Four months later, when Bassil traveled to Washington on the heels of the UN General Assembly, he found no administration official willing to hold court.
When mass protests broke out in Lebanon two weeks ago, one of the first chants to catch fire directly targeted Bassil.
In Hezbollah’s view, Saad says, the US seized the moment to pressure Bassil – the rising star of President Michel Aoun’s party – out of the cabinet. When Aoun refused, Prime Minister Saad Hariri resigned from his post. His return is now believed to be contingent on Bassil leaving.
“Bassil was the person that the Americans wanted to get rid of,” Saad told Asia Times. “As a foreign minister, he is kind of like an ambassador for Hezbollah.”
With the combination of Bassil representing a Christian nationalist constituency, and Hariri catering to the West and Gulf Arabs, “we have a Lebanese government that is giving political and legal cover for Hezbollah – and even international legitimacy,” she said.
Hezbollah throwing Bassil under the bus would have torpedoed a more than decade-old alliance. At the same time, the Shiite party needs Hariri in its corner to avert Lebanon becoming a regional and global pariah.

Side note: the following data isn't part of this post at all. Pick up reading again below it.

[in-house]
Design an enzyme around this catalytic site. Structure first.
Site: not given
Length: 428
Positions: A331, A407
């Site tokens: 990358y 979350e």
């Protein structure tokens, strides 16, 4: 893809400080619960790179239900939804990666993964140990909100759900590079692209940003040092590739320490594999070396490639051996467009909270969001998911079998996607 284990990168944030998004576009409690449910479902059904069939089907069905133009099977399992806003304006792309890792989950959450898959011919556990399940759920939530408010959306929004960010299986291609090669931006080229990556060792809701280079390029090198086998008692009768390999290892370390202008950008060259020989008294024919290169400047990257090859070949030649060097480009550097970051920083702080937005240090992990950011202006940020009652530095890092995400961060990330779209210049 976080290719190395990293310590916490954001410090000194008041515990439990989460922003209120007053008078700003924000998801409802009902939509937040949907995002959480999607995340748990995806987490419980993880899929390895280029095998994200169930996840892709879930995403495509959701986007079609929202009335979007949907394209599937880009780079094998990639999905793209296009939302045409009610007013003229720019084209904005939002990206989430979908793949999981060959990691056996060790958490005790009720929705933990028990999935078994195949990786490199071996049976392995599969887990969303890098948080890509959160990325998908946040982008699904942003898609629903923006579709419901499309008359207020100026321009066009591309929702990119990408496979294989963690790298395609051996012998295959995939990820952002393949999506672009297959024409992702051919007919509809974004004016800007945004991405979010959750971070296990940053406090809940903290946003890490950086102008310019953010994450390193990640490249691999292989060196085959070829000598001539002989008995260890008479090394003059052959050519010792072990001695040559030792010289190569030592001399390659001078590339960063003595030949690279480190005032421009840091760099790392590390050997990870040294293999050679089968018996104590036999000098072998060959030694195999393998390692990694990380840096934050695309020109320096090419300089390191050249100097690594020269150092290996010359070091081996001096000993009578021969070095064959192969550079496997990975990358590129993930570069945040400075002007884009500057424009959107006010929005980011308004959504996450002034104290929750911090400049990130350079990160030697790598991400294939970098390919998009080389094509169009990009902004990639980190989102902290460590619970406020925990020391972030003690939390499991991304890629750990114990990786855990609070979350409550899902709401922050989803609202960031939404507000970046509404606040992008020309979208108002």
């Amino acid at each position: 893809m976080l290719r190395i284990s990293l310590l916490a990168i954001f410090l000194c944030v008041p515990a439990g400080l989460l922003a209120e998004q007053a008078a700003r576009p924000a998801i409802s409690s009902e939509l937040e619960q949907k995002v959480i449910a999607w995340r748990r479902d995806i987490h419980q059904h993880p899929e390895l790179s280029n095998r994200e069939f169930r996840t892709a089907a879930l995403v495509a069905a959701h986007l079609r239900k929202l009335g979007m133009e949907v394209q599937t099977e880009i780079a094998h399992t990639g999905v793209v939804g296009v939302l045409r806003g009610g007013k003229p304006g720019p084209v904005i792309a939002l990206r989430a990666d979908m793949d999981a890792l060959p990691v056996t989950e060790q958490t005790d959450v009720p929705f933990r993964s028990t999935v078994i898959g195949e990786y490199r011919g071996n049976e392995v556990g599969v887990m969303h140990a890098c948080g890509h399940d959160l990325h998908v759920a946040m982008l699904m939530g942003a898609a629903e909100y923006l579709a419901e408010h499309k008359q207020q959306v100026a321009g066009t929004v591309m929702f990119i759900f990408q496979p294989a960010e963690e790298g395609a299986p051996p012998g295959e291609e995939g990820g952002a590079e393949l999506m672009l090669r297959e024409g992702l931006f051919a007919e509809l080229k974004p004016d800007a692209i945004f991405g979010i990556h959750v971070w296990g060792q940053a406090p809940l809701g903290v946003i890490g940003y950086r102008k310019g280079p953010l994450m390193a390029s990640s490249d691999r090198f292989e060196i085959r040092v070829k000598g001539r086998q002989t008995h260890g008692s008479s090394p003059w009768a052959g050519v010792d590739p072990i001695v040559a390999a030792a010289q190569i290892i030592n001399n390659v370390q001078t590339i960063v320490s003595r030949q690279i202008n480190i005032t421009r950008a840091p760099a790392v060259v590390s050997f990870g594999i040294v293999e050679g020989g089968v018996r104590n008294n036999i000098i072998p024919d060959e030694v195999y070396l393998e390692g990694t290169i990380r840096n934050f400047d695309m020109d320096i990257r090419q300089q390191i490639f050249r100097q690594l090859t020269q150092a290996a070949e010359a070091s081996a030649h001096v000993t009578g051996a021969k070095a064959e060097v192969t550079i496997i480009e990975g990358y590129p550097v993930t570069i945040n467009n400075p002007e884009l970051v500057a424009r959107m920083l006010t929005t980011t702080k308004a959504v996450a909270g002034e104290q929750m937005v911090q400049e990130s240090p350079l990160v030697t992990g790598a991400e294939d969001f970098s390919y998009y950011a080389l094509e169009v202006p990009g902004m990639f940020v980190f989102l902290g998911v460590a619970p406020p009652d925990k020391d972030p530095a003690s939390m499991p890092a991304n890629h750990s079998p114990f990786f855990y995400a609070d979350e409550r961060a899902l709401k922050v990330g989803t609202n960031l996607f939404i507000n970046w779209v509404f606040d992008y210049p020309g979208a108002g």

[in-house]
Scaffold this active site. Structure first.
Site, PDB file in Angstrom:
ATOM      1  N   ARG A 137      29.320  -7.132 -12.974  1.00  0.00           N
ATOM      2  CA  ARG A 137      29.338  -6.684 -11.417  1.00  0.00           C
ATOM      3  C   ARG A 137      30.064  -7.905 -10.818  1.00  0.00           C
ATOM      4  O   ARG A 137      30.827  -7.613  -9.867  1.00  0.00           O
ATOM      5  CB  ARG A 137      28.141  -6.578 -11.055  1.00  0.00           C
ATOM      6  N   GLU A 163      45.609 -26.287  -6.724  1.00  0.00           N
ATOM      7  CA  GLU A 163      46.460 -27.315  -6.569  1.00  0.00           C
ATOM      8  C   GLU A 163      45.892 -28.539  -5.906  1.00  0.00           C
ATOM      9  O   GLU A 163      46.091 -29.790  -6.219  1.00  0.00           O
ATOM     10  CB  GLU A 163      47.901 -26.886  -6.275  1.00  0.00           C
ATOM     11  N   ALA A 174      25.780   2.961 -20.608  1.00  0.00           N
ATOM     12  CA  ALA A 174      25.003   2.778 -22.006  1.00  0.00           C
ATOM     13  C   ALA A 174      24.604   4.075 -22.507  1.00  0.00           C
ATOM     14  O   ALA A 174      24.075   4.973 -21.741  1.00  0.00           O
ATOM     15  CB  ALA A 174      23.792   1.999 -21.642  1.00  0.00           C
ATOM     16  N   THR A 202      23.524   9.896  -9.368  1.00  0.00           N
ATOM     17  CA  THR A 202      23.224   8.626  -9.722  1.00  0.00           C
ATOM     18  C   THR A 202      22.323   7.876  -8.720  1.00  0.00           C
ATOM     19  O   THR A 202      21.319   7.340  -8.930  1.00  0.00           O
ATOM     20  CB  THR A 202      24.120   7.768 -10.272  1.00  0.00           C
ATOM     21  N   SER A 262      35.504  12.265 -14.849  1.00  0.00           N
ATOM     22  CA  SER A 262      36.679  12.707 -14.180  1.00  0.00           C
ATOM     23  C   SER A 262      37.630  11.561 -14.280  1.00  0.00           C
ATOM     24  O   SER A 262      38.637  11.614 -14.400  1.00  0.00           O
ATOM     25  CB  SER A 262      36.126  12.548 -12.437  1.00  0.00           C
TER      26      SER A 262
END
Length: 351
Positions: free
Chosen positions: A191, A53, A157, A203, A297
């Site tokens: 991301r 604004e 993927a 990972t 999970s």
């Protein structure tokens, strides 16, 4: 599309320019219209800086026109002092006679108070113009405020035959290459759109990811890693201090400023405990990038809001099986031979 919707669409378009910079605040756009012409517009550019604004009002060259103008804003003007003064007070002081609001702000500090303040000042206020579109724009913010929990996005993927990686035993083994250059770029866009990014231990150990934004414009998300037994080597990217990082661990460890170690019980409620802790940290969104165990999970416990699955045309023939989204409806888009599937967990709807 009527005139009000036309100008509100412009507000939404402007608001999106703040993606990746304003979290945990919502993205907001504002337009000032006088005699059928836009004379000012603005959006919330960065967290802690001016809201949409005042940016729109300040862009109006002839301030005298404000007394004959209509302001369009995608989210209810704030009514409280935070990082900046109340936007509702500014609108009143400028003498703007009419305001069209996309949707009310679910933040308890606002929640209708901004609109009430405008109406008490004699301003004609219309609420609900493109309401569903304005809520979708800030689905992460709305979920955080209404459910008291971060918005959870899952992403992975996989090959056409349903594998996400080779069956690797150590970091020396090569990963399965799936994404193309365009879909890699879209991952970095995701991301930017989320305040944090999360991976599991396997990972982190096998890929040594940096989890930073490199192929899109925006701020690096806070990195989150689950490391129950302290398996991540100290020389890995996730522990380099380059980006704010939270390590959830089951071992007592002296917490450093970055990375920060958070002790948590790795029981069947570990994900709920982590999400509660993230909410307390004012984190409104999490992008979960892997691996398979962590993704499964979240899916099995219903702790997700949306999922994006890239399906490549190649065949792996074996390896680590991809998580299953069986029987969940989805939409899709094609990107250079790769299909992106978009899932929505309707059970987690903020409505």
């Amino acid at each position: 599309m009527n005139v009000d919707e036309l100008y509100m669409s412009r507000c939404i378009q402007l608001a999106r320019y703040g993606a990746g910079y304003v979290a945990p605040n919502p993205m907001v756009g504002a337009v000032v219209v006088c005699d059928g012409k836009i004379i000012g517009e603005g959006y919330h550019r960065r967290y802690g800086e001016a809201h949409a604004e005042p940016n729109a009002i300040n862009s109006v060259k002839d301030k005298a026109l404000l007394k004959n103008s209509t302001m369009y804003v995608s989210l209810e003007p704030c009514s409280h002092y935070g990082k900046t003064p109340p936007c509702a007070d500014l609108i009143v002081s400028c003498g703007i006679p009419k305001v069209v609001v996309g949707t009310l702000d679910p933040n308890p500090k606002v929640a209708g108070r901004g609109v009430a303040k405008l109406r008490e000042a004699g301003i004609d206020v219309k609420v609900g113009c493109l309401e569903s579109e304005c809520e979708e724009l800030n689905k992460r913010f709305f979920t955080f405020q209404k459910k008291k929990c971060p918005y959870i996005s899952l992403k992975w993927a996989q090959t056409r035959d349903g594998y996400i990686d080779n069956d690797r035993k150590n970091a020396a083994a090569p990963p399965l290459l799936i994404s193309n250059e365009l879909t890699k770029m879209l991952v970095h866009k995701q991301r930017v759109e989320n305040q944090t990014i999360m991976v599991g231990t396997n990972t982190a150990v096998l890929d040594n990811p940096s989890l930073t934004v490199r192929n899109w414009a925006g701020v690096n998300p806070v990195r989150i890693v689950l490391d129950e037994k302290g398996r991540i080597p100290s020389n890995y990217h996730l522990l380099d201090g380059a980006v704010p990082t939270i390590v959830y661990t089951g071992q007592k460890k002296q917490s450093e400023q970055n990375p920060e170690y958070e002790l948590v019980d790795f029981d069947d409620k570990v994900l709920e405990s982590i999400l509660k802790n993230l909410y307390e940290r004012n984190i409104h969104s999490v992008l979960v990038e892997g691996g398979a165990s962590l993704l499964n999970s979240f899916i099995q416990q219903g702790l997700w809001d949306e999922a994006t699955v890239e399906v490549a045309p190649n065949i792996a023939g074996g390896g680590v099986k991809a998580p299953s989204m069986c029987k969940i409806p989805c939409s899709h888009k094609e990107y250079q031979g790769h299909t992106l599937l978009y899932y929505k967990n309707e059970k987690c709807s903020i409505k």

Bazzi, who has a forthcoming book on regional proxy wars, notes that while Hariri provides international cover for Hezbollah, a staunch defender like Bassil could be impossible to replace.
“Nasrallah obviously is in a very delicate position because if he completely overlooks Hariri and tries to form a government without him, it could subject Lebanon to US sanctions,” said Saad.
No bailout coming
Neighboring Israel is meanwhile lobbying the US to prevent any future Lebanese government from including its Shiite rival, and urging that aid be halted “as long as Hezbollah is part of the Lebanese government.”
“Israel is very concerned that Hezbollah will develop an industrial capacity of manufacturing precision missiles, which could pose a significant threat to its military bases and strategic sites,” journalist Barak Ravid reported for Israel’s Channel 13 news.